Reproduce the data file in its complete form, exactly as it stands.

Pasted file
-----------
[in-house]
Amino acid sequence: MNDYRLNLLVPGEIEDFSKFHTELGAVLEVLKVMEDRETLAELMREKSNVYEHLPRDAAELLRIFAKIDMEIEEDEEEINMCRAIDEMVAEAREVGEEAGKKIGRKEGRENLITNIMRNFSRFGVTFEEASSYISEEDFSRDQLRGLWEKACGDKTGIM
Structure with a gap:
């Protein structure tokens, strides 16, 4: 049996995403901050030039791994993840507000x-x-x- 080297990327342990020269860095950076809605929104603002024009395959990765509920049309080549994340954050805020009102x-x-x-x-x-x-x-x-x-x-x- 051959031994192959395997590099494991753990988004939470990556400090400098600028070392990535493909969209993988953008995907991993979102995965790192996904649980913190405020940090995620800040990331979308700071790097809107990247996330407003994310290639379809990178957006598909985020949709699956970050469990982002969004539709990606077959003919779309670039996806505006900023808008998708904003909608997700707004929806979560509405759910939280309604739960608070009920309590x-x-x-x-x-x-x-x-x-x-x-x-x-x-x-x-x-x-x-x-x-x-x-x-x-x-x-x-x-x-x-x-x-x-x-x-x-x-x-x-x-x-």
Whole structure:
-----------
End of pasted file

[in-house]
Amino acid sequence: MNDYRLNLLVPGEIEDFSKFHTELGAVLEVLKVMEDRETLAELMREKSNVYEHLPRDAAELLRIFAKIDMEIEEDEEEINMCRAIDEMVAEAREVGEEAGKKIGRKEGRENLITNIMRNFSRFGVTFEEASSYISEEDFSRDQLRGLWEKACGDKTGIM
Structure with a gap:
């Protein structure tokens, strides 16, 4: 049996995403901050030039791994993840507000x-x-x- 080297990327342990020269860095950076809605929104603002024009395959990765509920049309080549994340954050805020009102x-x-x-x-x-x-x-x-x-x-x- 051959031994192959395997590099494991753990988004939470990556400090400098600028070392990535493909969209993988953008995907991993979102995965790192996904649980913190405020940090995620800040990331979308700071790097809107990247996330407003994310290639379809990178957006598909985020949709699956970050469990982002969004539709990606077959003919779309670039996806505006900023808008998708904003909608997700707004929806979560509405759910939280309604739960608070009920309590x-x-x-x-x-x-x-x-x-x-x-x-x-x-x-x-x-x-x-x-x-x-x-x-x-x-x-x-x-x-x-x-x-x-x-x-x-x-x-x-x-x-």
Whole structure: